Seeking the next CERN: Europe to award $1.3 billion to next-generation science projects

cern funding

The European Organization for Nuclear Research or better known as known as the CERN is a reputed international concern which was established in the year 1954 in Geneva on the Franco – Swiss border in the North Western suburbs.  From years since the concern came into being, it has commenced several scientific researches and has won many awards for it. CERN has total 20 European states as member, although it started with just 12 members. The sole purpose of CERN is to operate the world’s largest particle physics laboratory. People often use the term CERN to many of the large scale laboratories. However there are certain norms and criteria to refer to a laboratory as CERN, the laboratory that employs over 2,400 full-time employees, about 1,500 part-time employees and have nearly 10,000 visiting scientists and experts in respective fields and also the laboratory have to represent at least 608 Universities as well as research facilities and must have 113 nationalities.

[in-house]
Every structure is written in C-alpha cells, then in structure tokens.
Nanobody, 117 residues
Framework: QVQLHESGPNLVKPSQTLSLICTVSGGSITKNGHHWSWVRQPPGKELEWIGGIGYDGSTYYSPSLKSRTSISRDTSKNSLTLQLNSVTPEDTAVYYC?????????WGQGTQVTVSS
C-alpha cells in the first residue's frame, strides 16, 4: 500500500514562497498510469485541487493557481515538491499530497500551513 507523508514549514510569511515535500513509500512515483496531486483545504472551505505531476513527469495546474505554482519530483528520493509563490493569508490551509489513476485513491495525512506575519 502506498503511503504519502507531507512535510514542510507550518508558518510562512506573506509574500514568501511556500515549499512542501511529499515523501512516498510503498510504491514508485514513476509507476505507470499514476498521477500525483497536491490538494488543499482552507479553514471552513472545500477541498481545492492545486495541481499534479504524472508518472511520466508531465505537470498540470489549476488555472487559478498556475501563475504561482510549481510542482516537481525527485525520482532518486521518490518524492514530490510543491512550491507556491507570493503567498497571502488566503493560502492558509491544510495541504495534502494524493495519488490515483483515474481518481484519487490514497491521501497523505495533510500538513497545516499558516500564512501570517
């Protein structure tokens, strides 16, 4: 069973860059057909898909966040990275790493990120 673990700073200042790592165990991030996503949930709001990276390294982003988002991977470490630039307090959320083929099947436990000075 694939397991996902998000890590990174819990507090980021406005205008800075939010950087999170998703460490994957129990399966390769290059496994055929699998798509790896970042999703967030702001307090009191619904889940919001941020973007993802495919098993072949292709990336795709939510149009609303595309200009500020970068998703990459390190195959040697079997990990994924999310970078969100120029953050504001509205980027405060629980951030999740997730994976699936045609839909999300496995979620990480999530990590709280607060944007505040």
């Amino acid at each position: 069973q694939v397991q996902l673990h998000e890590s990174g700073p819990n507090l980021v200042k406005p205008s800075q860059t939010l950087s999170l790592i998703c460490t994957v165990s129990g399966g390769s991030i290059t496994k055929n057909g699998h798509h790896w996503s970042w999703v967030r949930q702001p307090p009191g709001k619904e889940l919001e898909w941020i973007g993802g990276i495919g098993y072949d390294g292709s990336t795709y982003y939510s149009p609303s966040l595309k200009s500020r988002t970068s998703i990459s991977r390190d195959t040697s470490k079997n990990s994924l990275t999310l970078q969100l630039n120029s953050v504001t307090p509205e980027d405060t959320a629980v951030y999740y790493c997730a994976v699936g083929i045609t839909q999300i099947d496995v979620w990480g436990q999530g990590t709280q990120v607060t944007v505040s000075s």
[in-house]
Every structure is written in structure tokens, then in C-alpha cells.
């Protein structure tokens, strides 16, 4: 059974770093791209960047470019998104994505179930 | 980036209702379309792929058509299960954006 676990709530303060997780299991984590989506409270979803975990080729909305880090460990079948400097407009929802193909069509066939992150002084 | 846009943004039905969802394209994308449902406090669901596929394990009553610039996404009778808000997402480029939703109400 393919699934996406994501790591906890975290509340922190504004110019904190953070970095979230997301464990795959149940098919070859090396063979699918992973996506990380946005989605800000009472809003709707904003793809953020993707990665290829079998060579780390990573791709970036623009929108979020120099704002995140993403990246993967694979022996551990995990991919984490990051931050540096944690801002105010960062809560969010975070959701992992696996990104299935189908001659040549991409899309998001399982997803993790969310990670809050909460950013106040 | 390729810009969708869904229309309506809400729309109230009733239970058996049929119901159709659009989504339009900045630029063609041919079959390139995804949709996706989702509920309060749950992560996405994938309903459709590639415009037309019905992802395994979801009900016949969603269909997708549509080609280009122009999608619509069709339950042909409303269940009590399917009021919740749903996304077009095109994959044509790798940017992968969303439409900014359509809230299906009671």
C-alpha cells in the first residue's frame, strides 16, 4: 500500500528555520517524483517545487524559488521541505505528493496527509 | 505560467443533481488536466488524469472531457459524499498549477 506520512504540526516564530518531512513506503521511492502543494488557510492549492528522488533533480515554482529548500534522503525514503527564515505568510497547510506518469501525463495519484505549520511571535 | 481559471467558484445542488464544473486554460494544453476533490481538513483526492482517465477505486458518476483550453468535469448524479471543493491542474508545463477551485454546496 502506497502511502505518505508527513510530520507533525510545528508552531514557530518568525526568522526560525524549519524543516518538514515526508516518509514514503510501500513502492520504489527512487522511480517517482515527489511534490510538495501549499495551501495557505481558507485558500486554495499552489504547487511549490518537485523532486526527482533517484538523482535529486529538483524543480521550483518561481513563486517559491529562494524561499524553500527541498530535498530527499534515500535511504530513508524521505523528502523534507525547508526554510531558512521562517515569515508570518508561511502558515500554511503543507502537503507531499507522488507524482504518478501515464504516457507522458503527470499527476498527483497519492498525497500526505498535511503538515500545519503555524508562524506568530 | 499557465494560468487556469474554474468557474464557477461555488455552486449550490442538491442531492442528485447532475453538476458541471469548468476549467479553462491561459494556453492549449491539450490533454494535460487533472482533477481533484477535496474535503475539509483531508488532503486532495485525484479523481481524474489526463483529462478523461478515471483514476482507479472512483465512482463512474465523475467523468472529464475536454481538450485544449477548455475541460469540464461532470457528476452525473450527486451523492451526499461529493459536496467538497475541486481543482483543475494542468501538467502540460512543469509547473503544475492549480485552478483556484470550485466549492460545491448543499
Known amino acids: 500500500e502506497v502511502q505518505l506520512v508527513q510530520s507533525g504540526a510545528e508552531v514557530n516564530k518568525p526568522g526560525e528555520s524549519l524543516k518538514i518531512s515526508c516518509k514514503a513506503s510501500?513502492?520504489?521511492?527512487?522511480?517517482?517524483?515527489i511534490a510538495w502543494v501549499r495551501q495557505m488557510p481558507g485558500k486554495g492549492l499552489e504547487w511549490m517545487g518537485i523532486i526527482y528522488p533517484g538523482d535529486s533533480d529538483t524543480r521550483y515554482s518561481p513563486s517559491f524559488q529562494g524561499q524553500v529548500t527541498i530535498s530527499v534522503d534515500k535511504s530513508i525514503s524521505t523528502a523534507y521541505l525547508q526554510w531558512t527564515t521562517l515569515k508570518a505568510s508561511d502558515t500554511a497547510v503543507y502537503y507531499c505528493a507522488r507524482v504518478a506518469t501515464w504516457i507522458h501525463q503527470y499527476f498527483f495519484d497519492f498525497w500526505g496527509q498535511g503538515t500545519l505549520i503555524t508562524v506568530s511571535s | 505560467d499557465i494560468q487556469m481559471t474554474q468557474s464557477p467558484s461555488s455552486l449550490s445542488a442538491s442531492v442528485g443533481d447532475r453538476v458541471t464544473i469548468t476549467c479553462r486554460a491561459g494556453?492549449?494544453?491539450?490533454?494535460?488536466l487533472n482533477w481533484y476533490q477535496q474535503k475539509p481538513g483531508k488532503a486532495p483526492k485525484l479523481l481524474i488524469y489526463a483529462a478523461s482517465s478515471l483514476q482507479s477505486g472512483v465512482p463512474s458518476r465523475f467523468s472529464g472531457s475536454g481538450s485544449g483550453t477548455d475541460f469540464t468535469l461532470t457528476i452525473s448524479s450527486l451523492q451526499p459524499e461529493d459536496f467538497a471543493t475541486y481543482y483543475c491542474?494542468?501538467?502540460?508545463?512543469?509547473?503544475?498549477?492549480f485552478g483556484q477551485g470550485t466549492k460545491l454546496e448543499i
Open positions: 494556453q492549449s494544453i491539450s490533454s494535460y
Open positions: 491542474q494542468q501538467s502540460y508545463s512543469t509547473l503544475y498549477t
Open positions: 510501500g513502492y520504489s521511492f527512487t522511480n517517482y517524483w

CERN has a long history of the existence. There are several functions that CERN perform. The main function that the organization is responsible to provide is the particle accelerators and several other infrastructures for high energy particle physics research. Most of the experiments at CERN are done with international collaborations. CERN is constantly after the growth of the particle physics and it constantly encourages the youth to come forward with brilliant ideas to lead a physics discovery at a great stage. All the members of the CERN, which means all the 20 European countries have opened a contest for the talented scientists who will be contesting for a funding bonanza and the best idea, will receive a sum of $1.3 billion over 10 long years to keep Europe at the first place when it comes to technology and science.

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